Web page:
Grading Policy

Notwithstanding the numerical grade breakdown for the different parts of the course, CS169 follows semantic grading: since EECS upper divs are now nominally graded on a B/B+ centered curve*, if you did "about average" on everything you should expect a B/B+.  In particular, you should not expect an A or A– unless you were demonstrably and significantly above average in almost all respects:

  • To get an A, you need ≥~1.5 std dev over mean on both exams; near-perfect homework scores; consistently strong evals from your teammates; and a strong project overall (see project grading rubric below).

  • A– means you are just short in one of the above areas

  • B+ just short in two of the above areas, or significantly short in one area but strong in others

  • B/B+  means about-average performance in all areas

  • etc.

Project grading sanity-check rubric:

An "A" project:

  • clearly followed a disciplined process (stories, points, division of work, velocity)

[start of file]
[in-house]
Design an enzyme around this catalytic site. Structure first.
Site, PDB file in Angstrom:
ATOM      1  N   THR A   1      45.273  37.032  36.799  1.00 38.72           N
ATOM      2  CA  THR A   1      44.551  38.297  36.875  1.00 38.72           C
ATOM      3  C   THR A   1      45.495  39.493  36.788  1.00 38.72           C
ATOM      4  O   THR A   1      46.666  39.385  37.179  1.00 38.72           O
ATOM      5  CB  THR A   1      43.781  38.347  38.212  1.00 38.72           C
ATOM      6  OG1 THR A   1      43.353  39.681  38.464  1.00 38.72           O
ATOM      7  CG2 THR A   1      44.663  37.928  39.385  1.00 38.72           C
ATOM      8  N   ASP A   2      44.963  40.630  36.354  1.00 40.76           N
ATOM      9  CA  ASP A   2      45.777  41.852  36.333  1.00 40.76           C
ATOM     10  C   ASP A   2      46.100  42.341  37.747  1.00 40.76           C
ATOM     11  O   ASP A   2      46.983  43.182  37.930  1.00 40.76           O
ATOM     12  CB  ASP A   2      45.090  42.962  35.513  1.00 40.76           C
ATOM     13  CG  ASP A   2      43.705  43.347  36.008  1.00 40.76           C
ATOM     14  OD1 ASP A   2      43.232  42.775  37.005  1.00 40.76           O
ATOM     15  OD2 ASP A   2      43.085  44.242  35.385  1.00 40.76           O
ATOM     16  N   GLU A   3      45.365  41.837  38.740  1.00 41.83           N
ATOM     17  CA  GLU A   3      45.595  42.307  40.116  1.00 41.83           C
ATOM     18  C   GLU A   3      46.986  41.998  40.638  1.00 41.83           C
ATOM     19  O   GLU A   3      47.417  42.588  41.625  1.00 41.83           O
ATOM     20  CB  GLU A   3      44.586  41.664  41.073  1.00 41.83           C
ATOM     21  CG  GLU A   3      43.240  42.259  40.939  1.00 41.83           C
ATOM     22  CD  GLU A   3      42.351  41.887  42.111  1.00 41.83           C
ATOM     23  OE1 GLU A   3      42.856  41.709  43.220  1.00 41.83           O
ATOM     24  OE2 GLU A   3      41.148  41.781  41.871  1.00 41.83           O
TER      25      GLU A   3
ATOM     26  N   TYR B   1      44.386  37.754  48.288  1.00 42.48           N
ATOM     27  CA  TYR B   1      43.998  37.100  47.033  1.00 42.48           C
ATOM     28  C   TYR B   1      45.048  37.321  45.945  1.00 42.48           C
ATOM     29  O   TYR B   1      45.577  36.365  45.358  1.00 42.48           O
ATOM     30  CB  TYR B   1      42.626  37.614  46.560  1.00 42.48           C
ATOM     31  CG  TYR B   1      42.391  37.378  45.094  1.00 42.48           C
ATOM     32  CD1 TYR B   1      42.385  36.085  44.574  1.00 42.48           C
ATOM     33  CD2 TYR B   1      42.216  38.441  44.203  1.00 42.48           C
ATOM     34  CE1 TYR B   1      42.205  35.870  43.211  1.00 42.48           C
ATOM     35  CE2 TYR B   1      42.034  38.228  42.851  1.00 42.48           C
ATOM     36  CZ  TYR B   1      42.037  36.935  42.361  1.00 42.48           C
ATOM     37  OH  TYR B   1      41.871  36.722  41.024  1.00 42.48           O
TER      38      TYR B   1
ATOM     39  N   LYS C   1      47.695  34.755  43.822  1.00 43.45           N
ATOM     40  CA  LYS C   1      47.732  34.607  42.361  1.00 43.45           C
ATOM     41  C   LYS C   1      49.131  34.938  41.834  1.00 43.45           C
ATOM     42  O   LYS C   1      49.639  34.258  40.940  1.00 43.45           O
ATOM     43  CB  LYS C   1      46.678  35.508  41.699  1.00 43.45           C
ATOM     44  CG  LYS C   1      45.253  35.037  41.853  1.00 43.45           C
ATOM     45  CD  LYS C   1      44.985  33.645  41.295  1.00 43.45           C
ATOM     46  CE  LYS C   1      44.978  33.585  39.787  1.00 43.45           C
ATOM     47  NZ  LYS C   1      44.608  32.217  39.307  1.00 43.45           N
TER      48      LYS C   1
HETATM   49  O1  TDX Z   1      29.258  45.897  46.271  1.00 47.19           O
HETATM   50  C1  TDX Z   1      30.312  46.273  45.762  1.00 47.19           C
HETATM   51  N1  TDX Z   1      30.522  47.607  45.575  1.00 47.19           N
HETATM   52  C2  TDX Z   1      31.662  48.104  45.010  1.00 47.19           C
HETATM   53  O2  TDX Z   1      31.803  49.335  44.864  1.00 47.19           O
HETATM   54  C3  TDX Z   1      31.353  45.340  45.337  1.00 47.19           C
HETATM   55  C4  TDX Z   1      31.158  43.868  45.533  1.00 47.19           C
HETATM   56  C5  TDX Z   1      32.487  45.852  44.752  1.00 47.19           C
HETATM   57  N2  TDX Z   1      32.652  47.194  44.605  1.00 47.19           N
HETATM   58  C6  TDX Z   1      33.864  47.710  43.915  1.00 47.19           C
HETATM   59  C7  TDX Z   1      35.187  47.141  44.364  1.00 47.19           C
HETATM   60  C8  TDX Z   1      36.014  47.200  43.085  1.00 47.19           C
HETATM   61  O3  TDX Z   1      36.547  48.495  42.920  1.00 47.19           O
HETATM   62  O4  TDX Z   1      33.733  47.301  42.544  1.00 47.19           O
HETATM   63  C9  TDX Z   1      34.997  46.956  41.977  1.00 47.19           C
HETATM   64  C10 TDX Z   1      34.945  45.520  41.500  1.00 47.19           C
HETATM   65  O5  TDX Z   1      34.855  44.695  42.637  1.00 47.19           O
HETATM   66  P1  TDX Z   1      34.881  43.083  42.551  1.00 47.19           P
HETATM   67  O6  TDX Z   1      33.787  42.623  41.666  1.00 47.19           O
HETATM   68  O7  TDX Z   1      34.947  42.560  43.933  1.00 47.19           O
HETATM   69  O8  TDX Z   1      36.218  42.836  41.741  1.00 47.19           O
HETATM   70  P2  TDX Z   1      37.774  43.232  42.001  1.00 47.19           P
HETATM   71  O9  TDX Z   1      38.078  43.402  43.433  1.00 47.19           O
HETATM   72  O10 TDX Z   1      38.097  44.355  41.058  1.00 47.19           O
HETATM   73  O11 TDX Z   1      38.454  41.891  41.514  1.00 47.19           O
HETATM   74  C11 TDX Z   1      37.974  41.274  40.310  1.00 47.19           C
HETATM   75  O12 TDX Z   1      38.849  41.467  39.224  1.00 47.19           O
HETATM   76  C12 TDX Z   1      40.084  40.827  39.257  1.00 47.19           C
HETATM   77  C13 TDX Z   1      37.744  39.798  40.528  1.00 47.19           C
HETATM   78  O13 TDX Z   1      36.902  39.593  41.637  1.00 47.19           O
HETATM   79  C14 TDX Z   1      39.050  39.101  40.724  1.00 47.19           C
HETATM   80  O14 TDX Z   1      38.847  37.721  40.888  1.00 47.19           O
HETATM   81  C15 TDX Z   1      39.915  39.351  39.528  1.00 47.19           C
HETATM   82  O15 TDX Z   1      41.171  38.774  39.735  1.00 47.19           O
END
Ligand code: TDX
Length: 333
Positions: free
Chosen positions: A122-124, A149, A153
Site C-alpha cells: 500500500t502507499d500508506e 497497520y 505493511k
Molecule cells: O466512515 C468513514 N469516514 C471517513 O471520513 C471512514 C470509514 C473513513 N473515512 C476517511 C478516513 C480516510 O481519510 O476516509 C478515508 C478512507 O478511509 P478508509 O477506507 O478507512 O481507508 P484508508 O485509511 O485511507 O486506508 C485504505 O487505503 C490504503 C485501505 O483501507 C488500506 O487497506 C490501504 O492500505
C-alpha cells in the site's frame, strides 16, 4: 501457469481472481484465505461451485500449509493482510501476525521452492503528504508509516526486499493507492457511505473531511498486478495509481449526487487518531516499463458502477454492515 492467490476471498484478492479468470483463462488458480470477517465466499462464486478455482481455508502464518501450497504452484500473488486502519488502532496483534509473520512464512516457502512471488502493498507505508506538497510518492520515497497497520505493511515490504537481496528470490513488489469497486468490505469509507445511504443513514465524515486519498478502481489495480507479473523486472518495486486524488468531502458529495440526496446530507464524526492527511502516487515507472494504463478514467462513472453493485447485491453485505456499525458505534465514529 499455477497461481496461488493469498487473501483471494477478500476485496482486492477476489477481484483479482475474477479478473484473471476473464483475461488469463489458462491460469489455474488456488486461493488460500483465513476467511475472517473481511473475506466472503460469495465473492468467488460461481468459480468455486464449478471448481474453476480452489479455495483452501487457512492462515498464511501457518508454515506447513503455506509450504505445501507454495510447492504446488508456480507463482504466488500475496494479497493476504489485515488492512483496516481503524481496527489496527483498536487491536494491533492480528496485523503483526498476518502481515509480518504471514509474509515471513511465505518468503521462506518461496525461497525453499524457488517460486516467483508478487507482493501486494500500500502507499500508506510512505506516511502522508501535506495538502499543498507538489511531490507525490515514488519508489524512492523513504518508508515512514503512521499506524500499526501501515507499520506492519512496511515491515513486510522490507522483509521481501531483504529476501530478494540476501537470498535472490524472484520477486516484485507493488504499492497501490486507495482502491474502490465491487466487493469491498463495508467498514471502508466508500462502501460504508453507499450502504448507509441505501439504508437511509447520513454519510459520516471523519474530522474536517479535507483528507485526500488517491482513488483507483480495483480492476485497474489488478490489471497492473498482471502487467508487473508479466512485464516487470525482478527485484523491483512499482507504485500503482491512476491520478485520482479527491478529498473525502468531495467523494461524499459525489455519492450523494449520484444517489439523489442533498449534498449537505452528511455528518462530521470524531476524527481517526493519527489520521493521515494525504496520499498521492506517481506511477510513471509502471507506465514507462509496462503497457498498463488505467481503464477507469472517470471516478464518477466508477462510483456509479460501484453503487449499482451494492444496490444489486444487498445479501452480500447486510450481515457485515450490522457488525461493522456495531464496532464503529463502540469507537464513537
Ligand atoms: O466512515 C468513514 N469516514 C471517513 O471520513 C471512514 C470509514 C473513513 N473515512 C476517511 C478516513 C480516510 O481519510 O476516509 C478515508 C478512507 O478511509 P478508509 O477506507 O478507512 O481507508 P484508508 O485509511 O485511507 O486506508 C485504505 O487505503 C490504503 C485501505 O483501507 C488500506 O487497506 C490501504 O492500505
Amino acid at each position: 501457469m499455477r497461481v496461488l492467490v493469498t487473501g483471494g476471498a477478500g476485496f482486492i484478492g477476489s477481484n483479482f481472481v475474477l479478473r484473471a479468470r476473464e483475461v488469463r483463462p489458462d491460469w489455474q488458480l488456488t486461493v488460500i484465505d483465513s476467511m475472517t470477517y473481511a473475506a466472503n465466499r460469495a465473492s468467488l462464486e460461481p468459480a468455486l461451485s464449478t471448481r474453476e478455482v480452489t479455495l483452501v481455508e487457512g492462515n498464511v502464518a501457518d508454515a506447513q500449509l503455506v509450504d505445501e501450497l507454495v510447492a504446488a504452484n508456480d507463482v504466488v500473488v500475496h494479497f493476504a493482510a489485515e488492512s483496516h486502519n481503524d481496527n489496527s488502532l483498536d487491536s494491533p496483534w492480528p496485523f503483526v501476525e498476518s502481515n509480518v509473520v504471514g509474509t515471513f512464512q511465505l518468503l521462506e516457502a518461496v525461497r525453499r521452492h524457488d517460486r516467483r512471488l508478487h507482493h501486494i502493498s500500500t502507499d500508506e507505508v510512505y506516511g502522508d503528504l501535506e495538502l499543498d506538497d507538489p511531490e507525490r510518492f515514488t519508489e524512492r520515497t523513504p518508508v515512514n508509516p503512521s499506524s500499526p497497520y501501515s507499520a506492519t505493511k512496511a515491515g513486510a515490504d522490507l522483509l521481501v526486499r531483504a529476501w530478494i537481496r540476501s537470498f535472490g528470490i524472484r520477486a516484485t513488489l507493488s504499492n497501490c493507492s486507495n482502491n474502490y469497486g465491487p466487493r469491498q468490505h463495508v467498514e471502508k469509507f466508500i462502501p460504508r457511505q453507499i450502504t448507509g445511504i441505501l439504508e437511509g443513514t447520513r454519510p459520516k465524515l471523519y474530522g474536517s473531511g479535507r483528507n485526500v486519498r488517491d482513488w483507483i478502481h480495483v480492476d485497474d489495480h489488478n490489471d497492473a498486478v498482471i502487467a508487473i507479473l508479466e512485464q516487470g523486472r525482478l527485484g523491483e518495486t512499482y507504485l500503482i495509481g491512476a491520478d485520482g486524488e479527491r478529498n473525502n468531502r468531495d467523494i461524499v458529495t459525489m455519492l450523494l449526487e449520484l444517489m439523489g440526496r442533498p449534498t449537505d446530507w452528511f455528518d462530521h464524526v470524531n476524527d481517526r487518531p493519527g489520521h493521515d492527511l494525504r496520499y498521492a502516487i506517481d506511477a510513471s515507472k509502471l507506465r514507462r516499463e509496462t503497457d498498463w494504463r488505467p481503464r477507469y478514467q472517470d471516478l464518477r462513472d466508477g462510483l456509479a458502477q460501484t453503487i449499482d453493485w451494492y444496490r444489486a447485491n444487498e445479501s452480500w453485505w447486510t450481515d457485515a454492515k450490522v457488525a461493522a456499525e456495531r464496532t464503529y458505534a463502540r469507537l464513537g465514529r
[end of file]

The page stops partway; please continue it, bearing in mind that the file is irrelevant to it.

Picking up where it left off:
• maintained good codebase hygiene throughout (test coverage >=90%, CodeClimate >=3.0)

  • Did frequent deploys to customers (as evidenced by customer feedback surveys)

  • Consistently made new features available for customer review with enough advance notice (as evidenced by customer feedback surveys)

  • Received generally positive reviews consistently from customer in terms of organization, meeting planning/execution, etc

An A– project falls a bit short in at most one of the above areas; B+ falls significantly short in one area, or a bit short in a couple of areas; and so on.

* “A typical GPA for an upper-division course will fall in the range 3.0 to 3.5, depending on the course and the students who enroll. For example, a GPA of 3.2 would result from 45% A's, 40% B's, 10% C's, and 5% D's and F's. Courses with selective enrollment may fall outside of this range. The GPA for a course does not include grades for students who elect a Passed/Not Passed (P/NP) grading option. Numerical values for letter grades are described by the Registrar.”